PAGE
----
What they fail to realize is that while they may know the written words on a page, and the location of those words within a book of the Bible, they often have VERY little knowledge ABOUT those words.

They don’t know, for instance, about the different theological streams (J,E,D, and P) that were woven together to tell the formative stories of the Hebrew Scriptures (Old Testament).  They don’t understand that what we know today as the Book of Isaiah was not likely written by one individual: it is actually a collection of three works which were each written at different times.  They don’t understand that most credible biblical scholars believe that the documents we know today as the Gospels were not “written” by one author (Matthew, Mark, Luke and John), but were the product of oral traditions handed down by communities.  Nor do they understand that half of the letters attributed to Paul in the New Testament, were – most likely – not written by Paul himself, but by some of his followers.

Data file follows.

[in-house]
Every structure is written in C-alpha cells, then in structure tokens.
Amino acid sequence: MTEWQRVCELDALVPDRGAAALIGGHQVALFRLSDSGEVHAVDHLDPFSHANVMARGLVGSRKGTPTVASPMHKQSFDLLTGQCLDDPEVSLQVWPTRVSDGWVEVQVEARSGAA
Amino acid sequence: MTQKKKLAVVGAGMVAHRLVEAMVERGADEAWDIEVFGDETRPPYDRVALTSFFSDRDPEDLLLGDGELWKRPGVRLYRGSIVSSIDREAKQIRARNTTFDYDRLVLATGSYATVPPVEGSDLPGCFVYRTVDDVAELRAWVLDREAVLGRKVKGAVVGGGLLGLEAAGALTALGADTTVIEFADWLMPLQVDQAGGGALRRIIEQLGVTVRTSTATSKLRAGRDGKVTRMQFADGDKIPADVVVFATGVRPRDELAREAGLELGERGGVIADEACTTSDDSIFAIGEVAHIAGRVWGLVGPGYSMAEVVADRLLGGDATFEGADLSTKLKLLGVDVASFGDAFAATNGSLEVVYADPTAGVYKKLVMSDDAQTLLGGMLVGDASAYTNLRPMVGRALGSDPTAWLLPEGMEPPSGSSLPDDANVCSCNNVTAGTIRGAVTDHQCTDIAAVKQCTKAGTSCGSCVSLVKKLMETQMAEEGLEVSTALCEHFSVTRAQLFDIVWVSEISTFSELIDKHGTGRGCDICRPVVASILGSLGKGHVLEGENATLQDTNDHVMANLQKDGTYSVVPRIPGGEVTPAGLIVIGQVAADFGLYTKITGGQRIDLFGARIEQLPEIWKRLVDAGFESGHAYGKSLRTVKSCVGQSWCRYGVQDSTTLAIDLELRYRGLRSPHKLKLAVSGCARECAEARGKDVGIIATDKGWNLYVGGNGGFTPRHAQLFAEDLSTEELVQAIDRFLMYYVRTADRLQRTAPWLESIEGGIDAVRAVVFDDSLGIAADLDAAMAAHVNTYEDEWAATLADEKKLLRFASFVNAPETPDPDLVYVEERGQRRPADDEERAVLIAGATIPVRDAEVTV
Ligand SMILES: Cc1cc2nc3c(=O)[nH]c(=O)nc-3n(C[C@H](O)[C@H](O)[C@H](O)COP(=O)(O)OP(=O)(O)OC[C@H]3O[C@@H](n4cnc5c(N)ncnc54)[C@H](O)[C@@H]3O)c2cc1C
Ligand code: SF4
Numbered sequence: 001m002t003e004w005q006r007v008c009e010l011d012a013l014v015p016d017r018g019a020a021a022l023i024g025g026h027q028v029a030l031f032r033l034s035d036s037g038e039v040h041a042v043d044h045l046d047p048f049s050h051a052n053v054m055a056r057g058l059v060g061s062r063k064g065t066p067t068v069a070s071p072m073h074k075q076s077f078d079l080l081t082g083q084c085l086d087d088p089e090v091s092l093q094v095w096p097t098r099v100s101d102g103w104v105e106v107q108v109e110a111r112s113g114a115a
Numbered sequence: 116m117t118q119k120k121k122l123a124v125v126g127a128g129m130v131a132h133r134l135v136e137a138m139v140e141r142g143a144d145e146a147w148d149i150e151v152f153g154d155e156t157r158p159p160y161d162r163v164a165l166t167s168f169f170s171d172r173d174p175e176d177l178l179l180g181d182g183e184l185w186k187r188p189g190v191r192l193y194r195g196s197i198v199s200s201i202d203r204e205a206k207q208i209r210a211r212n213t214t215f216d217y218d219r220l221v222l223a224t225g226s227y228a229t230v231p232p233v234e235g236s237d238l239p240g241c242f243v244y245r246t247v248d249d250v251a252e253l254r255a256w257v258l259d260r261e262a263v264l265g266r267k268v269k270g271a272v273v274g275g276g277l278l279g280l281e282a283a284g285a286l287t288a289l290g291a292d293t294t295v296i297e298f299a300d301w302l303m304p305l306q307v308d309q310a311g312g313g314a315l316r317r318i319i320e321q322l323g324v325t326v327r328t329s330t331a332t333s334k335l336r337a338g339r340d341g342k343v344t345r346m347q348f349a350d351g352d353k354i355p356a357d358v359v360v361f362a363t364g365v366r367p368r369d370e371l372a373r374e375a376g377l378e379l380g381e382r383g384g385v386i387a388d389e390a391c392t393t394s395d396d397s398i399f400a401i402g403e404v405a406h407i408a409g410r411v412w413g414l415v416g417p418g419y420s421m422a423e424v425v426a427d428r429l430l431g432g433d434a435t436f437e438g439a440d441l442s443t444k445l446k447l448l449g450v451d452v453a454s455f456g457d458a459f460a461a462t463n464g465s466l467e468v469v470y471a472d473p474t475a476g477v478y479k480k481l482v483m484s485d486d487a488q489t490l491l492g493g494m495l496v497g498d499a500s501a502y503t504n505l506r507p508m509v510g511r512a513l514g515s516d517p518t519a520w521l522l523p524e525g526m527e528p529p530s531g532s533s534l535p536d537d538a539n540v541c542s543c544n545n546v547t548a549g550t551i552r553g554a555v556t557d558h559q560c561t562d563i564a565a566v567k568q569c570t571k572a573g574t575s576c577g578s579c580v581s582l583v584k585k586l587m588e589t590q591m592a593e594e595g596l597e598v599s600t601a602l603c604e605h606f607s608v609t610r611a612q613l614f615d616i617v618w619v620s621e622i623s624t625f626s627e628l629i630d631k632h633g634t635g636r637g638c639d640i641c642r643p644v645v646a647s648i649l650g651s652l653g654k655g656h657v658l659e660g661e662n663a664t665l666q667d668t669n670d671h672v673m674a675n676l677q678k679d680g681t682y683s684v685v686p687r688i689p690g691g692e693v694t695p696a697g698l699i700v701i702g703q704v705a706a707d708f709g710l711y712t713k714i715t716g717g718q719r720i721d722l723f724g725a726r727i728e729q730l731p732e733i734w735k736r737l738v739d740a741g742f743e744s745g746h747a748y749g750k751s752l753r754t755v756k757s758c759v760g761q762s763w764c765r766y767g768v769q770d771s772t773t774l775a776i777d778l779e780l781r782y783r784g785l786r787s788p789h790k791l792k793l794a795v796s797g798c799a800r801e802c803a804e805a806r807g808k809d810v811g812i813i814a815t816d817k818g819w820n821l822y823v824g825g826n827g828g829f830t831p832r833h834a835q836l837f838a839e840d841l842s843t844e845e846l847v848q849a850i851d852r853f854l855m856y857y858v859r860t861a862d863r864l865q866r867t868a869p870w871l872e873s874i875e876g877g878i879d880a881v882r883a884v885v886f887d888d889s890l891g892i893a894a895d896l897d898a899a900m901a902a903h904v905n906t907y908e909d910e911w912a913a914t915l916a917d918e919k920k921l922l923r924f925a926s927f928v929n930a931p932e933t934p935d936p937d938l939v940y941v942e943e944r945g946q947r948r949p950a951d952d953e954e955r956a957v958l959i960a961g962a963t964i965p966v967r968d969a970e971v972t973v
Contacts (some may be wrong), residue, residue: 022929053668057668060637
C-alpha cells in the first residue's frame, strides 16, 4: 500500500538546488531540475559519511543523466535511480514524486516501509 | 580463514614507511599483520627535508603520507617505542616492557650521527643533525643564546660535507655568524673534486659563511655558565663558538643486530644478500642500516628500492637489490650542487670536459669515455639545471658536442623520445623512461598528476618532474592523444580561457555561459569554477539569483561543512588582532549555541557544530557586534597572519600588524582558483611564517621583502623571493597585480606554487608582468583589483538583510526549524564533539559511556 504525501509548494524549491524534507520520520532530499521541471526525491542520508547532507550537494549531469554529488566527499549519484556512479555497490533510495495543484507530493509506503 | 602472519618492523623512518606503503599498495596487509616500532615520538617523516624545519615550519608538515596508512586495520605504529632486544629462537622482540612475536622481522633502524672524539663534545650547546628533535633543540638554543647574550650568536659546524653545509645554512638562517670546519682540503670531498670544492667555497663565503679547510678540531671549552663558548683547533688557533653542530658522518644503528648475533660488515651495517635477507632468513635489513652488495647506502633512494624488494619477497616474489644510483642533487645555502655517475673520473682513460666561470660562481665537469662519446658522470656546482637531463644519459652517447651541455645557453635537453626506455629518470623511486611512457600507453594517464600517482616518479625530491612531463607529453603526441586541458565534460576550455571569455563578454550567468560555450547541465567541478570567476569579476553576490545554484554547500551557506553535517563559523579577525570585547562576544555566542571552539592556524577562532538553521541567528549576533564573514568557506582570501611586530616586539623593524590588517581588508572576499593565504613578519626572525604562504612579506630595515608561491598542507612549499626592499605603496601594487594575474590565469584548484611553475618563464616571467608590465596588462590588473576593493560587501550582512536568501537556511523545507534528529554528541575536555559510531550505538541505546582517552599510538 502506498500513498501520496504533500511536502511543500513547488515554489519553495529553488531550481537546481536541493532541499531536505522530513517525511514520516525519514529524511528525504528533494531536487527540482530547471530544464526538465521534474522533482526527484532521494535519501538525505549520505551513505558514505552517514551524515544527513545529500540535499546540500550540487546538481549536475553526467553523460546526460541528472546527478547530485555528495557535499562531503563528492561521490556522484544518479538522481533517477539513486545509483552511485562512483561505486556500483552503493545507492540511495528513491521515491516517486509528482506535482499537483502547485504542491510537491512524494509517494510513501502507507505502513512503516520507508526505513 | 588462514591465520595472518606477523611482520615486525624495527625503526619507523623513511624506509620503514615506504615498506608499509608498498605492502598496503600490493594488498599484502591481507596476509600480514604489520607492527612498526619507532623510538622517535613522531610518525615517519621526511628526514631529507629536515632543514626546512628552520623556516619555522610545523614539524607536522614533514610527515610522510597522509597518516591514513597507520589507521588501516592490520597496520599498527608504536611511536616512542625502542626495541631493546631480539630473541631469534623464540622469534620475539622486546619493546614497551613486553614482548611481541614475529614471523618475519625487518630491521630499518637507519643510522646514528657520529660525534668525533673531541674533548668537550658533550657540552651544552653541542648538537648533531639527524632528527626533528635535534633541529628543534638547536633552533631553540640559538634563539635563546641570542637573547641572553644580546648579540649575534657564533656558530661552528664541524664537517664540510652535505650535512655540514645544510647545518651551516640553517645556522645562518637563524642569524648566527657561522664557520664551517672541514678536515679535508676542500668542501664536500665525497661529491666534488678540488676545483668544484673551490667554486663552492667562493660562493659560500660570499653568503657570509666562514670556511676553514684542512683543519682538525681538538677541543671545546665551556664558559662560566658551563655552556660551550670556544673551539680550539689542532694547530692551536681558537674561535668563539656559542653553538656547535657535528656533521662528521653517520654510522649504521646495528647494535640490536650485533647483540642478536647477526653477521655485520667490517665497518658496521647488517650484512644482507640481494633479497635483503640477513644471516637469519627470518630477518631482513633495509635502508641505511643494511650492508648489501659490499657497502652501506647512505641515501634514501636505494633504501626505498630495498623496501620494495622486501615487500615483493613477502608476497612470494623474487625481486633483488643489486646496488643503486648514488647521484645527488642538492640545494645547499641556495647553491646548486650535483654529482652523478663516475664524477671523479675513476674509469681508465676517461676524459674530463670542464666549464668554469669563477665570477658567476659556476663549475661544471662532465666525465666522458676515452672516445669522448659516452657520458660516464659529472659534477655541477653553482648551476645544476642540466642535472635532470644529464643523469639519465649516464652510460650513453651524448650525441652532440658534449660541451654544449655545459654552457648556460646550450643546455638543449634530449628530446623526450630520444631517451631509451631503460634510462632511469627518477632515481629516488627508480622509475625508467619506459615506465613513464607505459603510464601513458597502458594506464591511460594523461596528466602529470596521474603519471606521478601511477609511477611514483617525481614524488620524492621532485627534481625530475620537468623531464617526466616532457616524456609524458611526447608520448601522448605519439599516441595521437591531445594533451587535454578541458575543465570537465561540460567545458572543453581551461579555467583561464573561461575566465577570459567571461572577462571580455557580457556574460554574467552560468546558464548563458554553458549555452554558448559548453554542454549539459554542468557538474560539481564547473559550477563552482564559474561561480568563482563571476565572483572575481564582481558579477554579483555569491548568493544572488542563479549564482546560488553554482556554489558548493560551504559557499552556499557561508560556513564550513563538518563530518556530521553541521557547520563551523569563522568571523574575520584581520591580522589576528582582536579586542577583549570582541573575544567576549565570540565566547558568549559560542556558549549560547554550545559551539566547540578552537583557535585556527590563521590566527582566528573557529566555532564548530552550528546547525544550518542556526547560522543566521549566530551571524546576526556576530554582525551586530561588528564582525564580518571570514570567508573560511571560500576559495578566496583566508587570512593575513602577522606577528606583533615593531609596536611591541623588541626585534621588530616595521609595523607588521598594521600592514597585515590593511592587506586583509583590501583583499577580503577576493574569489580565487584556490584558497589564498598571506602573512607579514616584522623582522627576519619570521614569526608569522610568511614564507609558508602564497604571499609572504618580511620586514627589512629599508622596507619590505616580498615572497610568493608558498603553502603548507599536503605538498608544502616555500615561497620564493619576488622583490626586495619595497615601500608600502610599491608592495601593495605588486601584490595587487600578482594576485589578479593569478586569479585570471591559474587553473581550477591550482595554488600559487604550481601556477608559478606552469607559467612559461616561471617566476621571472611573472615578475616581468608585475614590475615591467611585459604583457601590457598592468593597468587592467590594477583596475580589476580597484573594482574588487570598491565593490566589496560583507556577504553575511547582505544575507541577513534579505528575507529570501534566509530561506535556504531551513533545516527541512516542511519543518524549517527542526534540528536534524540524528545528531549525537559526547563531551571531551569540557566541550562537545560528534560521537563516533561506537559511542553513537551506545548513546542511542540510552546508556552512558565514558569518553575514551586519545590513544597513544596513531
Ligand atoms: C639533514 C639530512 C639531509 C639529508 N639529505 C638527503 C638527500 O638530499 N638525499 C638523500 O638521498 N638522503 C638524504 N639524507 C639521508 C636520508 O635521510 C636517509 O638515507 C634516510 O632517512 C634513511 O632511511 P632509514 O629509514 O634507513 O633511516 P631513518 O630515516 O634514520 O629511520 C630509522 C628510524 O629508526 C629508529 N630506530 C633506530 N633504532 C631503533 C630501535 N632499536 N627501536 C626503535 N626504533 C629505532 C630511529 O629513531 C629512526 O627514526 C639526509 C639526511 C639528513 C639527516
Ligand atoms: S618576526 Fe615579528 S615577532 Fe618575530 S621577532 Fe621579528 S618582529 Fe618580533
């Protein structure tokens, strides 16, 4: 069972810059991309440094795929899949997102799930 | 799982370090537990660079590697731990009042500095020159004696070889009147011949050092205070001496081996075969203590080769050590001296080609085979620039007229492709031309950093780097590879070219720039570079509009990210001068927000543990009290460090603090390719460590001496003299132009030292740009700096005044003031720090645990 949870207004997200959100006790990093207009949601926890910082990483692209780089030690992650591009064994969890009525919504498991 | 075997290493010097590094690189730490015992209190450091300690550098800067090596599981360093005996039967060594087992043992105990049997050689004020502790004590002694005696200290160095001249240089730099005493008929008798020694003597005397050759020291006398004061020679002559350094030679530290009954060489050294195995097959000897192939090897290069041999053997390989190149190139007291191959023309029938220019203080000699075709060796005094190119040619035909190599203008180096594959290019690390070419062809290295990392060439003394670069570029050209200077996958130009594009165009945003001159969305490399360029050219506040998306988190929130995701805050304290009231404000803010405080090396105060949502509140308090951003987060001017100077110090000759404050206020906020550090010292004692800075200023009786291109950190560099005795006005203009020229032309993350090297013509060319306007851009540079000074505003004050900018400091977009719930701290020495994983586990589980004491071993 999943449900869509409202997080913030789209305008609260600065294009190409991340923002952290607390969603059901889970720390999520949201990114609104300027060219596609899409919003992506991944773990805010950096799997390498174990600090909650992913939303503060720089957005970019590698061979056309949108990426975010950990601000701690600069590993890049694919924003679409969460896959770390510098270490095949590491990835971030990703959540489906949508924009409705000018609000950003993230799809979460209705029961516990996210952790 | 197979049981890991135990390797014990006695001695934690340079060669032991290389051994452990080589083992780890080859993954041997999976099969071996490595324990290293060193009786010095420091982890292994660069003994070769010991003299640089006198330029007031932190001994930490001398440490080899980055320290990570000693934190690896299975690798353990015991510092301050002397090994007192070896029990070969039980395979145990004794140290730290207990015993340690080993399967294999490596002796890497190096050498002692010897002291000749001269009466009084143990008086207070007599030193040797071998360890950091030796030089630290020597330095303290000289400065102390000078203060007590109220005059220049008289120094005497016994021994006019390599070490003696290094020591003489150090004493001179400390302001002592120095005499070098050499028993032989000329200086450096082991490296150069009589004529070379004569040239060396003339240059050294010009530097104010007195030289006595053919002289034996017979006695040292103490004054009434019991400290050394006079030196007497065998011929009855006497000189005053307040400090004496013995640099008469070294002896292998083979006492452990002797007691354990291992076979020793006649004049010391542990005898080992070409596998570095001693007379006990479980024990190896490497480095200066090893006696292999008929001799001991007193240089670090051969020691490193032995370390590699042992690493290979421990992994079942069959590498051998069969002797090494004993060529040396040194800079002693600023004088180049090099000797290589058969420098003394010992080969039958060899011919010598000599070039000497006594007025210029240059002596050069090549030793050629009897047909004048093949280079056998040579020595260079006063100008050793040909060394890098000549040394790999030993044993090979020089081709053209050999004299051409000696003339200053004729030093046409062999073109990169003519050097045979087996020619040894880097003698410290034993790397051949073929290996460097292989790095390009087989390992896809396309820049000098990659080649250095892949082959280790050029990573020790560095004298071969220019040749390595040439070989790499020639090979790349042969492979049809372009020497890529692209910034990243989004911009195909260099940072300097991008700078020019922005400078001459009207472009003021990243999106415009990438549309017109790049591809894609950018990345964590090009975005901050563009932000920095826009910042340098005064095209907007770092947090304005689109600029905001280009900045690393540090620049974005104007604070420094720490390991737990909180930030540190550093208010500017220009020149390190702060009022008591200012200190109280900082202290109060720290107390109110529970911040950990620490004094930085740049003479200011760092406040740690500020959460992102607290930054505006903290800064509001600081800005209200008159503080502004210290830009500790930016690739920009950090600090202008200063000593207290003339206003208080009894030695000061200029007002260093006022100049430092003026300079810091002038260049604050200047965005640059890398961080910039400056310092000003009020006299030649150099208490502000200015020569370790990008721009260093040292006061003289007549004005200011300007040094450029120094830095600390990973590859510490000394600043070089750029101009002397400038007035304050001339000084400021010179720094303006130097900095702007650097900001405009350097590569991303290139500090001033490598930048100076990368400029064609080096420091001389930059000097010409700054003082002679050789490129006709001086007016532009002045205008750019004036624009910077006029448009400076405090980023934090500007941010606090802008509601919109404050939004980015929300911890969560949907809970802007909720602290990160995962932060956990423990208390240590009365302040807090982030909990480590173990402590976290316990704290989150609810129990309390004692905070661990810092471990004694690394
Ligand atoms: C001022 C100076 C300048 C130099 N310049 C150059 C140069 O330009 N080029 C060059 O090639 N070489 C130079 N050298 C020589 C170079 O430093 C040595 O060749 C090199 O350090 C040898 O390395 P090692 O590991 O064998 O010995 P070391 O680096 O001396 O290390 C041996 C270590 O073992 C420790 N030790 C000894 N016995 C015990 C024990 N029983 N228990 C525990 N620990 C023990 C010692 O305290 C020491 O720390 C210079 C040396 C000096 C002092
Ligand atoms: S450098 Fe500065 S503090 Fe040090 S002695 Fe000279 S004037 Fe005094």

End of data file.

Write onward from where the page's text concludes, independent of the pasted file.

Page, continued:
Instead of engaging these pieces of information that can inform one’s reading of Scripture, they often dismiss such scholarship by saying it is “unfaithful” – and then walk away saying something along the lines of: “God wrote it; I believe it; that settles it!”

Needless to say, encounters with folks who believe they “know it all” can be incredibly frustrating!  And when faced with someone who won’t listen or give an inch, I do not think it is productive to engage them – for they will resist almost any attempt to forge common ground.

What’s helped me lessen my frustration when encountering such folks is something I’ve come to realize about them.  That “something” is the reason such folks are that way.